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Beyond Limitations

Throughout St. Vrain Valley Schools, our Special Education teachers provide students with the necessary tools and knowledge for success.
Special Education Teacher, Larissa Mangione works with a student and the assistive robot Misty at Erie Elementary.

All of our students have the opportunity to receive a high-quality education that aligns with their unique needs, and supports them to gain independence so they can reach their full potential. Throughout our schools, teachers and staff have implemented innovative teaching methods to best advance the success of every student.

At Spark! Discovery Preschool, students are encouraged and empowered to engage their sensory needs and participate in activities that facilitate better focus and learning.

One resource is Spark’s sensory room, which is designed with learning and fun in mind. “The goal of the room is for students to learn their sensory systems, and to experiment with different sensations to figure out what is soothing to them,” shared Ty Cito, Occupational Therapist at Spark!.

Sensory play helps students develop their senses – such as sight, hearing, and touch. It encourages problem-solving skills and builds nerve connections in the brain, providing students with tools to manage their feelings.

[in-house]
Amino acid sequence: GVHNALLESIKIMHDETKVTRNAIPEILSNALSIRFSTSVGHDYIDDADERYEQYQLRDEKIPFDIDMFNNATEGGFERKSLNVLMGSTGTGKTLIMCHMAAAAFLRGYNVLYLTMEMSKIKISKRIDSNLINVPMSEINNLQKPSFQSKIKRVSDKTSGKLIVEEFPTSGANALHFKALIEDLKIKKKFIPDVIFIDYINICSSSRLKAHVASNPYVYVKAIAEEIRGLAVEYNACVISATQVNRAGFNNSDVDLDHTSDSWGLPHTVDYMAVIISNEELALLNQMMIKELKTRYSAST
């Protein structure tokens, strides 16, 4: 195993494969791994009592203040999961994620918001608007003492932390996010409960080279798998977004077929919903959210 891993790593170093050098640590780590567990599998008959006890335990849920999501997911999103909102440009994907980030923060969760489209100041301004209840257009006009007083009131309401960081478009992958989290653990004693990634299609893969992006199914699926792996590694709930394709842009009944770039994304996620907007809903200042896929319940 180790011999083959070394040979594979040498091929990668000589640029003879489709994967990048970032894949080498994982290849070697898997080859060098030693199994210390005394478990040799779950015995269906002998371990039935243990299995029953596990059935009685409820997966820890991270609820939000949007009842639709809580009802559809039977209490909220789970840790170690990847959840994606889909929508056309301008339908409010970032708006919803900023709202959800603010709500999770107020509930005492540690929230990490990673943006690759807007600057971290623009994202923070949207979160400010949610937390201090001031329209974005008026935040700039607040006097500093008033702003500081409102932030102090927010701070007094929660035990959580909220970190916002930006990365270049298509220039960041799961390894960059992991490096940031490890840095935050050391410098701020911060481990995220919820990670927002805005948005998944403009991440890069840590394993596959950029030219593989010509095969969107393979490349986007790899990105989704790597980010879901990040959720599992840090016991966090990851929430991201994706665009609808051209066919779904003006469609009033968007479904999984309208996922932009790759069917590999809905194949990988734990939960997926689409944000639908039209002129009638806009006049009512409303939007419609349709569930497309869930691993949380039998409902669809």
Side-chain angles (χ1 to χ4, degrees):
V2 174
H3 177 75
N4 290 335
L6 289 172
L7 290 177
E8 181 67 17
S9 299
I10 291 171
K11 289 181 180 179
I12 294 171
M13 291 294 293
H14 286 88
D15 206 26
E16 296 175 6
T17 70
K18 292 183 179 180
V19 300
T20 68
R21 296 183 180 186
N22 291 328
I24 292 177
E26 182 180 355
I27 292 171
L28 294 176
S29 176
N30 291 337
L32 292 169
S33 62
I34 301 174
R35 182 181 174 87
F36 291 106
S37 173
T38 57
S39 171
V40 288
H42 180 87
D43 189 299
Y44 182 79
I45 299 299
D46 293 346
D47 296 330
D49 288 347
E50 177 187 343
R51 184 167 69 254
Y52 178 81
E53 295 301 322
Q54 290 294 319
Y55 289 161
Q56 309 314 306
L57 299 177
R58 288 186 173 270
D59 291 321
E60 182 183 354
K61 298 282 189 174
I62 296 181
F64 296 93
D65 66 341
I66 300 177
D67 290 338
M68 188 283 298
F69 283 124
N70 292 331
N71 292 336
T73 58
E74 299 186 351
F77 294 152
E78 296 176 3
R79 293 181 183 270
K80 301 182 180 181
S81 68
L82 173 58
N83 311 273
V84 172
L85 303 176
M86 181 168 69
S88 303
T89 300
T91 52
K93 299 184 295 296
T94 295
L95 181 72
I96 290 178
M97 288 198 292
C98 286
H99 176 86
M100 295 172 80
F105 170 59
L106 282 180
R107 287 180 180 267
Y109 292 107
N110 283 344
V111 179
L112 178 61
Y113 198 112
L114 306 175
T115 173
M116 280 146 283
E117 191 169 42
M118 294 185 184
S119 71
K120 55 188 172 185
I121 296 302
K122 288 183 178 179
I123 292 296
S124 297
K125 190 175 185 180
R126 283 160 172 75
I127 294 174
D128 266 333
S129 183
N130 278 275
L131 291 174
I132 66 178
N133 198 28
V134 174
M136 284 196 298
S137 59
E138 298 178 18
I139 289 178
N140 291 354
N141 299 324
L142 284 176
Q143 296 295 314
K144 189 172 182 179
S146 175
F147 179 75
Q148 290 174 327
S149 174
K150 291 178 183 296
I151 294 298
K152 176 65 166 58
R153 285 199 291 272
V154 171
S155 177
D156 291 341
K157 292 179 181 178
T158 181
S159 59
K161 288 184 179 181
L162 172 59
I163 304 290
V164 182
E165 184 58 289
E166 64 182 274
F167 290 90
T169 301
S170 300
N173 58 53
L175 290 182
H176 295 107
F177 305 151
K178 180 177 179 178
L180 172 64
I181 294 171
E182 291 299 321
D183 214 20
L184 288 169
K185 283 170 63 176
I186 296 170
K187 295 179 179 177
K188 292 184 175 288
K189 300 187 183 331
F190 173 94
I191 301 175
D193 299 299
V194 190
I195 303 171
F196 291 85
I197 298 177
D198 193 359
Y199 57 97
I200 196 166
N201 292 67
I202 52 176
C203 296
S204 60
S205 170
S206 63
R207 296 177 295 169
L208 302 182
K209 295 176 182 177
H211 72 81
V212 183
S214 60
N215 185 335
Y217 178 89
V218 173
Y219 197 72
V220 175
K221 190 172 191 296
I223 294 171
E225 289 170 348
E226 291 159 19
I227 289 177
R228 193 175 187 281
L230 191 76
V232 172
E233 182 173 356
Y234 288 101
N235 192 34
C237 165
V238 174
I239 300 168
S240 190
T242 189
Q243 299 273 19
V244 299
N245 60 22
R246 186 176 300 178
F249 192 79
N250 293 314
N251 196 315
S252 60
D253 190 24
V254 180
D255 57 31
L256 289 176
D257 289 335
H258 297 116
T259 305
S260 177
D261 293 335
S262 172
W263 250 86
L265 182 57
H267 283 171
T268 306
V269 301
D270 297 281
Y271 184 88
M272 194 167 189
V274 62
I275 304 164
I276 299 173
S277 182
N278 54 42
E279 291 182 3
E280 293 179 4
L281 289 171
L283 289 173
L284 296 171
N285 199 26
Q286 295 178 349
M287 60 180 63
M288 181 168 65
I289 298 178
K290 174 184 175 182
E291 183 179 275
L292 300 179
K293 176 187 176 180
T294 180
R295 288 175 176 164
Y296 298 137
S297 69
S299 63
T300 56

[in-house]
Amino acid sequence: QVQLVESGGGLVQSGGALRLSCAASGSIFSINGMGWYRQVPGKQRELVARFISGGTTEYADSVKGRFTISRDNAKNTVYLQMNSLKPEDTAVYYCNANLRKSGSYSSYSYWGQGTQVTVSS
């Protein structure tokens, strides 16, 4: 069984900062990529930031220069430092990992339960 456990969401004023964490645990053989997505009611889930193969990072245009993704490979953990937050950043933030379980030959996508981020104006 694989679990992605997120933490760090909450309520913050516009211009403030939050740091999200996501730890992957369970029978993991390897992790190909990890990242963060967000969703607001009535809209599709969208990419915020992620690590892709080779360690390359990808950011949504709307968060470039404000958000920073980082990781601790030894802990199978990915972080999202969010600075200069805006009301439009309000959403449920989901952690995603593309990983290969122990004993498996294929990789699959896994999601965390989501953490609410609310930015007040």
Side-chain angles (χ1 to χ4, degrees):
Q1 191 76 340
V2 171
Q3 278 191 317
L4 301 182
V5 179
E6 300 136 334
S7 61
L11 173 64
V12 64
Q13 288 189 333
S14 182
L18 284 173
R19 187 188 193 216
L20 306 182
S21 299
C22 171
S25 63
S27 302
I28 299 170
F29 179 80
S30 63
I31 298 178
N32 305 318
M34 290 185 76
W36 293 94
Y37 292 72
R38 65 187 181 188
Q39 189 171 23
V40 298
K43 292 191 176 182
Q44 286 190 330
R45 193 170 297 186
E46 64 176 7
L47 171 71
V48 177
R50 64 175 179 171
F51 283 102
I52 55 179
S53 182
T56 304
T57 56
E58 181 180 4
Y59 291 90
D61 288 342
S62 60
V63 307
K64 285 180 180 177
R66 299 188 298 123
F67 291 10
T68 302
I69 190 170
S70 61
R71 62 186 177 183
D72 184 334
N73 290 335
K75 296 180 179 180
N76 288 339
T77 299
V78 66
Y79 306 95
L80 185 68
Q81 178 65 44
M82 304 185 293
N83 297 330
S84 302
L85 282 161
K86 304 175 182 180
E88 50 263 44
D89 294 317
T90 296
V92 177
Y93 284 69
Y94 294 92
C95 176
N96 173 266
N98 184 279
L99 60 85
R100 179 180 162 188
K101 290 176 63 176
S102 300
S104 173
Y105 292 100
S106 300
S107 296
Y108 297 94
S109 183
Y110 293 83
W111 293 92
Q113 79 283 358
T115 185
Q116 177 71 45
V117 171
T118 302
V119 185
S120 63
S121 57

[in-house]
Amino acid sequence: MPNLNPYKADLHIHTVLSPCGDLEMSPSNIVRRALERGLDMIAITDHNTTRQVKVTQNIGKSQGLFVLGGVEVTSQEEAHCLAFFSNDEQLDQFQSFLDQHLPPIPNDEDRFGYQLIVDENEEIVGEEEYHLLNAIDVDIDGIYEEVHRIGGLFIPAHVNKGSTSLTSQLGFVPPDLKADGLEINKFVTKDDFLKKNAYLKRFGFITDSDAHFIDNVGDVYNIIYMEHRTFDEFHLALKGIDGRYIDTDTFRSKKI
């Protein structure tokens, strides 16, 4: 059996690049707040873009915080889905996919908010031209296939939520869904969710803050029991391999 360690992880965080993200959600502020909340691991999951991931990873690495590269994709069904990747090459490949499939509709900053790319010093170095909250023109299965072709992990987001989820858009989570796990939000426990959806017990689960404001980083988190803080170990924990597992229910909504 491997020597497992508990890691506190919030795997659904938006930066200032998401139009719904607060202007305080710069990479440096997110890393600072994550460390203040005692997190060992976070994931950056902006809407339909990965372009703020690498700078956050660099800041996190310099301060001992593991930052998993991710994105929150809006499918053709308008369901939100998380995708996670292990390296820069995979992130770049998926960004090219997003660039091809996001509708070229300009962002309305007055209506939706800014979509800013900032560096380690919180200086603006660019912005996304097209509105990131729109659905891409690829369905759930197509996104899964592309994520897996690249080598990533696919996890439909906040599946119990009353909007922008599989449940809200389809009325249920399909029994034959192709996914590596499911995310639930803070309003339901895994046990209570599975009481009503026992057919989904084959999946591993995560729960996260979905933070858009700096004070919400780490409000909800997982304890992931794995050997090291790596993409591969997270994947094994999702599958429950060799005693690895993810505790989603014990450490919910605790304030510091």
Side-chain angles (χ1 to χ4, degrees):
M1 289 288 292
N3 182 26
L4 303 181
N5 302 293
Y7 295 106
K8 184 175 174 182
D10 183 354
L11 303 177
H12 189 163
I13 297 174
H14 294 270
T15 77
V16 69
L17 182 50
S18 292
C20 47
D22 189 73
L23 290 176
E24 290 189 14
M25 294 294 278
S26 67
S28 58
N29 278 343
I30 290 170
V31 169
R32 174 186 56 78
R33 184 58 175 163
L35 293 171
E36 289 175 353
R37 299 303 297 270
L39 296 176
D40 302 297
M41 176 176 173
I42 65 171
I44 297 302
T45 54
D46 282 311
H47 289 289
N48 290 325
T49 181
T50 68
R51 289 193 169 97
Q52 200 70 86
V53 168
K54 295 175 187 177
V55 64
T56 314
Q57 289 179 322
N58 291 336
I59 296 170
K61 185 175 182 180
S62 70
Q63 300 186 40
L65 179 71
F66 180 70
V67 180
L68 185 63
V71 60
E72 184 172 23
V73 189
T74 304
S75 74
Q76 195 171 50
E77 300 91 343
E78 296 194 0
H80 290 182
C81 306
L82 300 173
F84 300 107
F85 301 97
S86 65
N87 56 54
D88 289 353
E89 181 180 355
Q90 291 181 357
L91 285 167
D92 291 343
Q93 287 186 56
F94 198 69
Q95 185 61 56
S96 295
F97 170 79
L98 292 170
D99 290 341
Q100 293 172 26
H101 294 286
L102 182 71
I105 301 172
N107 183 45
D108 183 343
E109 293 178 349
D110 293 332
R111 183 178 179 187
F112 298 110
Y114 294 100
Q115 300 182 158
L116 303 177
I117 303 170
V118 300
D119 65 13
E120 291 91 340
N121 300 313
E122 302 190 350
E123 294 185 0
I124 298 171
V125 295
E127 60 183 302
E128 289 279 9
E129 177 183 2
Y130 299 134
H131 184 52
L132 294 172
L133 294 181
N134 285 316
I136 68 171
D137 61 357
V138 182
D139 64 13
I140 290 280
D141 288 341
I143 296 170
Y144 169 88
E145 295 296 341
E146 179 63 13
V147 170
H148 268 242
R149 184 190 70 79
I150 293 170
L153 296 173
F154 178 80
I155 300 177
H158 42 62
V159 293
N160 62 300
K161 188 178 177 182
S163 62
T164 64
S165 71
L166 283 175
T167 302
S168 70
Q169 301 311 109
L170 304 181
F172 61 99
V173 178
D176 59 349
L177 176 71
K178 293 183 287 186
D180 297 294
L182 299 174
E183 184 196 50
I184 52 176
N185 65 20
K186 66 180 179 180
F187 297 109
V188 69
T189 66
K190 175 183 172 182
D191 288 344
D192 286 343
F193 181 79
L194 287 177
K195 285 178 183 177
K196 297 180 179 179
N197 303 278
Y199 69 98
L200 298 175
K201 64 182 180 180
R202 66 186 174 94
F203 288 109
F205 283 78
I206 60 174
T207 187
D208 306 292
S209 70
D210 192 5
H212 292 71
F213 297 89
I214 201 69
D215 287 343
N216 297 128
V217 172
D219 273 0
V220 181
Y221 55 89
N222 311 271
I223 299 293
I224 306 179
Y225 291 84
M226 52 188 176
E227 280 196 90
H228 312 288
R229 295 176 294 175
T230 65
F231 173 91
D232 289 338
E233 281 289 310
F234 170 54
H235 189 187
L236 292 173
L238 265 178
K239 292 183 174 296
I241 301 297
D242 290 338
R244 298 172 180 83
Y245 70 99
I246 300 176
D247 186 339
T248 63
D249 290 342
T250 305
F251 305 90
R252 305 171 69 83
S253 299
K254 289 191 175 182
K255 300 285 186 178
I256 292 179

The room provides activities such as weighted balls, which allow students to feel deep pressure and can help them relax and regulate. The room also has bouncy balls to give students rhythmic actions, and a swing that has different options, such as spinning, which can help regulate their vestibular system. Other students might opt to engage with a water table or create art. 

Helping students learn to regulate and interact with the world around them in a safe environment can have positive effects on their ability to understand, react, and learn, while also building up their confidence. 

At Erie Elementary School, Larrissa Mangione’s philosophy and foundation is that, “The work never goes away, but the love is unconditional.” For the past 15 years, Mangione has continued to look for different ways to best support her students. 

Last year, Mangione received a grant from the St. Vrain Valley Schools Education Foundation for an electroencephalogram (EEG) band and a 360-degree camera that allows her to better understand the needs of her students and create virtual learning experiences. “For students who are nonverbal, I use EEG to see what is engaging them positively and what might be causing anxiety,” shared Mangione.  

In the past, Mangione has used this strategy to support students who had extreme anxiety about going into a general education environment or had behavioral issues. “I had one specific student that couldn’t go down a hallway with people surrounding him,” said Mangione. “I filmed a 360-degree video of this activity and then I uploaded the video into a virtual reality setting. We practiced virtually walking down the hallway until he showed that he was level regulated, and eventually he was able to do it in real life – it was powerful.”